Monday, February 3 2014, 04:05 PM EST
Watch Out for $9.84 Charges on Credit Card Statements
In the wake of all the various data breaches happening lately, Better Business Bureau (BBB) is warning consumers to watch their statements extra carefully. Scammers are using stolen information to do small charges on credit cards, and are counting on the fact that many consumers don’t check their credit card statements all that carefully. One popular number to charge right now is $9.84. Therefore, be sure to review your recent statements for unexplained charges of any amount, and contest them with your bank or credit card issuer by calling the number found on the back of your card or billing statement.
How the Scam Works
You spot a recent strange charge of $9.84 on your credit card statement. The source listed on your bill is an unfamiliar website. You check out the web address, and it’s not the business website. It’s a generic landing page that claims to offer “Customer Support.” The text promises to “refund 100% of your last payment” and provides a phone number and email address.
It turns out though that scammers are charging stolen credit card numbers for a small amount of money. This way scammers are “testing the water” and making sure the card works before they try to charge even bigger amounts or even max out your credit altogether. Recent victims were charged $9.84, but scammers may change that amount as word gets out. The expectation is that many cardholders won’t notice the relatively small charge, and the credit card companies won’t go after such a minor sum.
Victims report calling the “customer support” site, and received verbal confirmation that the charge would be canceled. However, do not take the scammers at their word. Contact your bank to report the charges and request a new credit card. Your card information has been compromised, and it is likely scammers will be back for more.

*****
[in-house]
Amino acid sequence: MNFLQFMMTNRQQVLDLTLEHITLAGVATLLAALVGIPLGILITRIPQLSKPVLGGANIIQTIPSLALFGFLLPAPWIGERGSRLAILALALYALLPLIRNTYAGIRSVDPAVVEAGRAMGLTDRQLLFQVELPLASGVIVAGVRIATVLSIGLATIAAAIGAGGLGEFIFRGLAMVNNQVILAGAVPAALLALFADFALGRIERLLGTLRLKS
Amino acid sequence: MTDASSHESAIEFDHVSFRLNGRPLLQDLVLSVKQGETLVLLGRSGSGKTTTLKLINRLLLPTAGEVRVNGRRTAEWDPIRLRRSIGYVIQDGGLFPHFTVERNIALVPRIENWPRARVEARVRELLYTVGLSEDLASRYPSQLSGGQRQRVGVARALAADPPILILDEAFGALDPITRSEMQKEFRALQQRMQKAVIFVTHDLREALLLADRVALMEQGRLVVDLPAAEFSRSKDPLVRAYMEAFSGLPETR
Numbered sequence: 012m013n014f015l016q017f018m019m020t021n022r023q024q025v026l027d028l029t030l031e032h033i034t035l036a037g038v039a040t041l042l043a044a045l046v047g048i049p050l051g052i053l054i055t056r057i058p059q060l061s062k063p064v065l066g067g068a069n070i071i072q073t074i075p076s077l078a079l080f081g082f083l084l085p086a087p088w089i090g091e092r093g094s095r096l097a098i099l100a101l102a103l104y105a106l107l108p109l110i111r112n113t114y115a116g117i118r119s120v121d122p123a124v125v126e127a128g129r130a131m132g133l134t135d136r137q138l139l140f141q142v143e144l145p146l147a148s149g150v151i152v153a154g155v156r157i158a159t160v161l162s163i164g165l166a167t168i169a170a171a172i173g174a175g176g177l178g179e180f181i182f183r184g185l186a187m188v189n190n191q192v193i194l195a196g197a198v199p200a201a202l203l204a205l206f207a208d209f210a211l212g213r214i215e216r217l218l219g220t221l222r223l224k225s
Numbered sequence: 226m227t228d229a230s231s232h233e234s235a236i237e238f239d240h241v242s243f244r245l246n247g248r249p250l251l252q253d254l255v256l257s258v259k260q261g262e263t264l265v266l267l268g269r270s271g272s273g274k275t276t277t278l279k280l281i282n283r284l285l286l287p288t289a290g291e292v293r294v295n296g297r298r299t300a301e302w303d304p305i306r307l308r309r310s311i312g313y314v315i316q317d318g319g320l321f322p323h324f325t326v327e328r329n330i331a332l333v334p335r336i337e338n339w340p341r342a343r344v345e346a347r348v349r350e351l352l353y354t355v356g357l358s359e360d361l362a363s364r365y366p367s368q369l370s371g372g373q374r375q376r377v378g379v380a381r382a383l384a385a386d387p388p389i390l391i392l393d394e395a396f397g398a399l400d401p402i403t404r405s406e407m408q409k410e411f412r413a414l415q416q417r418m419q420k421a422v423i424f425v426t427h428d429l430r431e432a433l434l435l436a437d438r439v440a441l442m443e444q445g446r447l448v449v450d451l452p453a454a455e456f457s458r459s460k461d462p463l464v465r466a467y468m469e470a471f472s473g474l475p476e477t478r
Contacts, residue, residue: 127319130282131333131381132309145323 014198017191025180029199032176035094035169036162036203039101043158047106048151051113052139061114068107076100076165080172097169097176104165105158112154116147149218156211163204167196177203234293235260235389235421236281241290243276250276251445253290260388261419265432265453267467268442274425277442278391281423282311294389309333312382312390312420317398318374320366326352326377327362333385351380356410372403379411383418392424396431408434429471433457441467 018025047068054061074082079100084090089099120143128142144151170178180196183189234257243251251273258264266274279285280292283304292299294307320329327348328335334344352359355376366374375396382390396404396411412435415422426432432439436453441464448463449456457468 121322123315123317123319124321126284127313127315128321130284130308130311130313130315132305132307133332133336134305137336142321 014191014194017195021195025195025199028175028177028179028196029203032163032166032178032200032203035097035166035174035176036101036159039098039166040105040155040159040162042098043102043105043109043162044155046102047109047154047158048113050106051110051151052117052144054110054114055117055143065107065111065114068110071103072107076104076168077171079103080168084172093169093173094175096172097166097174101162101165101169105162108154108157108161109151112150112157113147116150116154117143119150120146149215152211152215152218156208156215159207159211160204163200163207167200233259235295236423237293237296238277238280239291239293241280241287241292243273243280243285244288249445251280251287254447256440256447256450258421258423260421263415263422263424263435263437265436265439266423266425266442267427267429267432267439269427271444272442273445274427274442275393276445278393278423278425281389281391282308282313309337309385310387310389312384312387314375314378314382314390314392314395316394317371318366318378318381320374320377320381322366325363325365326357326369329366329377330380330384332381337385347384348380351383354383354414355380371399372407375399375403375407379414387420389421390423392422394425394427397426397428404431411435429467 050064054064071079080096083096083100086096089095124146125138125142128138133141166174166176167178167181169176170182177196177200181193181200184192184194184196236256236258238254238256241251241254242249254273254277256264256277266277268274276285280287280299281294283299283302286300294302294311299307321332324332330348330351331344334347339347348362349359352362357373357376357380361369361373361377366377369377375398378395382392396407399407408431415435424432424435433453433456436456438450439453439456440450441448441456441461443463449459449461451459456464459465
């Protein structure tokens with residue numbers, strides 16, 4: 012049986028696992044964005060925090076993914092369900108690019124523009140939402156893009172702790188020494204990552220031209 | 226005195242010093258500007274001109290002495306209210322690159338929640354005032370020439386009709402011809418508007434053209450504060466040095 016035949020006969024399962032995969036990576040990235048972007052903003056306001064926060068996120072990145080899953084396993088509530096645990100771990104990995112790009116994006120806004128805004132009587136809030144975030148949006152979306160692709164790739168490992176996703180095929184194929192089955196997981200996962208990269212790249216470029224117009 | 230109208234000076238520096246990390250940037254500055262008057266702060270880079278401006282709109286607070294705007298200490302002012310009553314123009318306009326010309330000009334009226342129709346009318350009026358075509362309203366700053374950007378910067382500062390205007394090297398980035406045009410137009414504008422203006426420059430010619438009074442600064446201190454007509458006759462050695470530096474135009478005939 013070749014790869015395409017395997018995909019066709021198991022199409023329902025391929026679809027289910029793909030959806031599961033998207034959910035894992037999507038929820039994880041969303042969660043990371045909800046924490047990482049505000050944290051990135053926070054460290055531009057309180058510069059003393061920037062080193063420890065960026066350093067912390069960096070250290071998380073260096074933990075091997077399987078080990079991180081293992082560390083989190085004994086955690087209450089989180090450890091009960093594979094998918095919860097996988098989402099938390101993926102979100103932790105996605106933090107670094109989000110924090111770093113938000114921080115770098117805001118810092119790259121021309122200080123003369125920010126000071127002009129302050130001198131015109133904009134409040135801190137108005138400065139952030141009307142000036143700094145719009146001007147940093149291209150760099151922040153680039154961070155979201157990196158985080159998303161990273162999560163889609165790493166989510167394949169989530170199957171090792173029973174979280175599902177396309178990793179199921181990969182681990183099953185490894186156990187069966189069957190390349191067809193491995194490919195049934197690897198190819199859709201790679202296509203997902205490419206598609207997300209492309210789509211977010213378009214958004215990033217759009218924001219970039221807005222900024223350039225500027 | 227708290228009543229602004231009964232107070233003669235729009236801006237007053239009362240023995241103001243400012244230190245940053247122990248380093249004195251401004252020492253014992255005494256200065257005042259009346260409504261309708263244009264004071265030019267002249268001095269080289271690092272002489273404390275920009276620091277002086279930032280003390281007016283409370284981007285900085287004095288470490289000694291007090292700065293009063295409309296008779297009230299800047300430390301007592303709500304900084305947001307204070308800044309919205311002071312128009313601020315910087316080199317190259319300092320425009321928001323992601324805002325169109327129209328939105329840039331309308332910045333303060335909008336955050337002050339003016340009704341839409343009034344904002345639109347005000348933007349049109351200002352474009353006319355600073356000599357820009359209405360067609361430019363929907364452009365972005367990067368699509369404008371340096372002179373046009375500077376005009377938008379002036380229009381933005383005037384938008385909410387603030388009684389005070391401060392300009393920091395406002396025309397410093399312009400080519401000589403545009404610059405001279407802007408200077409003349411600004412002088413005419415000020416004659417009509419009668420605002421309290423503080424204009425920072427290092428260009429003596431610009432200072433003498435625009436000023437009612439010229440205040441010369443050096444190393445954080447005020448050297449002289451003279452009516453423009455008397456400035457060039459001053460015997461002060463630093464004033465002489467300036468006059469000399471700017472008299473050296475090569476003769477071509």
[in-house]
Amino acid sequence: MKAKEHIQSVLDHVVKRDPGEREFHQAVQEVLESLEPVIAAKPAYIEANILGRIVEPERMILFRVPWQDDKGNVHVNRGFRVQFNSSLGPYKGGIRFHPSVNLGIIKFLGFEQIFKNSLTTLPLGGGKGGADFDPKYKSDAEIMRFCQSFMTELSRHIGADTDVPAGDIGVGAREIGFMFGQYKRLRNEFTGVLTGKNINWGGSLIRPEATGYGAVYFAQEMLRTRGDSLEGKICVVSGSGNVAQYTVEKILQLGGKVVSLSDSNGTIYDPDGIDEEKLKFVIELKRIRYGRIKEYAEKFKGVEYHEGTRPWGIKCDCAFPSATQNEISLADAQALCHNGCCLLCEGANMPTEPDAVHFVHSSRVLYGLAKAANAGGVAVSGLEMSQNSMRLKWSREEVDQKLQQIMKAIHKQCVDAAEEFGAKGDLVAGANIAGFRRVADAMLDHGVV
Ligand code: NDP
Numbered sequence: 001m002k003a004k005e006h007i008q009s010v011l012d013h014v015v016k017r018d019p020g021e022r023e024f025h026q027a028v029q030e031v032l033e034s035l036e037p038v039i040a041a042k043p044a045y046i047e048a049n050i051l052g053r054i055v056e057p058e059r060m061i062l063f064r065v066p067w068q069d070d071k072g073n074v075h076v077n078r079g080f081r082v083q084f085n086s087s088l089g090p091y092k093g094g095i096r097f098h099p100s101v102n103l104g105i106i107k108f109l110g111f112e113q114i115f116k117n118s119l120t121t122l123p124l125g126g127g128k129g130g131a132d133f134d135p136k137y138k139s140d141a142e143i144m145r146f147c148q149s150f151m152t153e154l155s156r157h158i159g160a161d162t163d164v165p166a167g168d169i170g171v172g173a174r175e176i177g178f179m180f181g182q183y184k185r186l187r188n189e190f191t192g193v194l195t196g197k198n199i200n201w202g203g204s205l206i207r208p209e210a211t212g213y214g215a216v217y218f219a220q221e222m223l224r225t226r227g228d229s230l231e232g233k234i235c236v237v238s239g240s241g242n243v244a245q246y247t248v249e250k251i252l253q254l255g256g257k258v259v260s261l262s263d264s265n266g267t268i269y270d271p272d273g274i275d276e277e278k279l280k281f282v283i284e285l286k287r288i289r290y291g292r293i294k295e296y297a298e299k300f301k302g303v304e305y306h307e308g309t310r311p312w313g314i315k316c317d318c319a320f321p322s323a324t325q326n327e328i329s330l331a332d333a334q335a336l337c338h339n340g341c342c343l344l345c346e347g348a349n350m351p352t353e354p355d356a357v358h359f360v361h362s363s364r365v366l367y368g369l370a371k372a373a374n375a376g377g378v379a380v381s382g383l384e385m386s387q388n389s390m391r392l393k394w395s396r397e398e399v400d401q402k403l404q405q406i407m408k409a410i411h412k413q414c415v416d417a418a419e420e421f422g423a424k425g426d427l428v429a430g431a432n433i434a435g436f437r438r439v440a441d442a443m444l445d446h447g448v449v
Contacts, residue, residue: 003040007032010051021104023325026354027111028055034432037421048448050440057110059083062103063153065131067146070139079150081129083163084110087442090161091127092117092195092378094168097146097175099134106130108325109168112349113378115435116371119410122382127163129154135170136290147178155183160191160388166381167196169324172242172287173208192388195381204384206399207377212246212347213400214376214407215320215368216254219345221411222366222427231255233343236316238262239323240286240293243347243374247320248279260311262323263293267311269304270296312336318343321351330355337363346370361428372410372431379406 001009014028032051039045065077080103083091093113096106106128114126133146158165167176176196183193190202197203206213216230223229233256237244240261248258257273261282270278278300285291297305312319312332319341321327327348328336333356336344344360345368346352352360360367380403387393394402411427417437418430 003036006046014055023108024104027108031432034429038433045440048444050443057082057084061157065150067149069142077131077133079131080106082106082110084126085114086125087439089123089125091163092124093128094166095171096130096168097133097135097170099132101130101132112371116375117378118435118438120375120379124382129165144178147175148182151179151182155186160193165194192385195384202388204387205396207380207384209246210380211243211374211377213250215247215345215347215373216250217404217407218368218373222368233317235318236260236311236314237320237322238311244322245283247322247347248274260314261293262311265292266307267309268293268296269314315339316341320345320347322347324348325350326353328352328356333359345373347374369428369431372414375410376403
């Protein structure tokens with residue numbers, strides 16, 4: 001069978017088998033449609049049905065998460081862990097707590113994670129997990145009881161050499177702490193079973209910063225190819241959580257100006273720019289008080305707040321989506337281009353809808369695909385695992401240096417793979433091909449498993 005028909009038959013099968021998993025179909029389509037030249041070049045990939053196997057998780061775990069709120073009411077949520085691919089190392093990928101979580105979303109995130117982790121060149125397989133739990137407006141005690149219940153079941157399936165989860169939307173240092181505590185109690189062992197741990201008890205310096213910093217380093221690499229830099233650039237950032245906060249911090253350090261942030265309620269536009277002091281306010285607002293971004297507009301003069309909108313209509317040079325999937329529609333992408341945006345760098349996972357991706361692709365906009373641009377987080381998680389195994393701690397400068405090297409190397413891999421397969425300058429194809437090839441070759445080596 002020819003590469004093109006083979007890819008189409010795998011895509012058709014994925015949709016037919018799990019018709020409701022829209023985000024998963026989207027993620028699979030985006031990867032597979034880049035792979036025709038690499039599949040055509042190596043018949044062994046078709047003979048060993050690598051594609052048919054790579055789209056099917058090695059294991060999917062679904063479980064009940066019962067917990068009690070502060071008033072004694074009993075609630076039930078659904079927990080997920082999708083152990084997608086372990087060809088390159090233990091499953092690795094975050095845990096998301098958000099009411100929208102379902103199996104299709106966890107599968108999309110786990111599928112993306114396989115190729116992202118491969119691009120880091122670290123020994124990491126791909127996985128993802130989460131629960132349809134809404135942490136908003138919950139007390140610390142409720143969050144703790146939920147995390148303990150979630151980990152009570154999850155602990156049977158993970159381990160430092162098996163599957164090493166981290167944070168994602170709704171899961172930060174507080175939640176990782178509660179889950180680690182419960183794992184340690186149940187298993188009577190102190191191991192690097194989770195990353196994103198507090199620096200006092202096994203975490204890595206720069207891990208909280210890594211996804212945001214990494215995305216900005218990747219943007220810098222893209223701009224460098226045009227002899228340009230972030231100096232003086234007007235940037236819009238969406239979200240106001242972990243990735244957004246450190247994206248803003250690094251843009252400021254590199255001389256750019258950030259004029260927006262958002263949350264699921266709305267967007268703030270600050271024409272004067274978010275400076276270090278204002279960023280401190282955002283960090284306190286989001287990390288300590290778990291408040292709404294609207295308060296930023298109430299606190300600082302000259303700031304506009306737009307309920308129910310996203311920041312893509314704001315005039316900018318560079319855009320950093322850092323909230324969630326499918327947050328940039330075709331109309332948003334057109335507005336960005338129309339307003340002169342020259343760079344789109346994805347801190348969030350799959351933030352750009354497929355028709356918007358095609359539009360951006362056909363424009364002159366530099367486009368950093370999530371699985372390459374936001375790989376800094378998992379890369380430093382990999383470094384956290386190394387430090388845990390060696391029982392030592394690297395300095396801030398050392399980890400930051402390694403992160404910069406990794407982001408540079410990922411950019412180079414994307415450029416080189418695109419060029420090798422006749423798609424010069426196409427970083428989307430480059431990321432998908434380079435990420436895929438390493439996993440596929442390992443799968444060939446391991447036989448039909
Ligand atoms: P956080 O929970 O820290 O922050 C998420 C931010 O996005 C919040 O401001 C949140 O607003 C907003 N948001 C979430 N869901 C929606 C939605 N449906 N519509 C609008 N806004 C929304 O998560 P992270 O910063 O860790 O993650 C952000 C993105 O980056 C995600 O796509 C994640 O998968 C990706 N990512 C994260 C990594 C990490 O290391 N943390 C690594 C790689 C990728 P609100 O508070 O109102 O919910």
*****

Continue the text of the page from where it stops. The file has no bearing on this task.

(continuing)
Better Business Bureau offers the following tips to reduce your risk of credit card fraud:
• Report lost cards and incorrect charges promptly. In the United States and Canada if your credit card is lost, stolen, or used without your permission, you may be responsible for up to $50. If you report the loss before the card is used, you are not responsible for any unauthorized charges. In addition, many cardholders are protected by zero liability policies set in place by credit card companies.
• Request a new card if you notice unauthorized charges. Fraudulent charges mean your card information has been compromised. Be on the safe side and request a new card.
• Never lend your card. And do not leave your cards, statements and receipts lying around your home, car or office.
• Never sign a blank charge slip. Draw lines through blank spaces on charge slips above the total so the amount can’t be changed.
• Use caution when ordering online or over the phone. Always be cautious about disclosing your account number on the telephone or online unless you know the person you are dealing with represents a reputable company.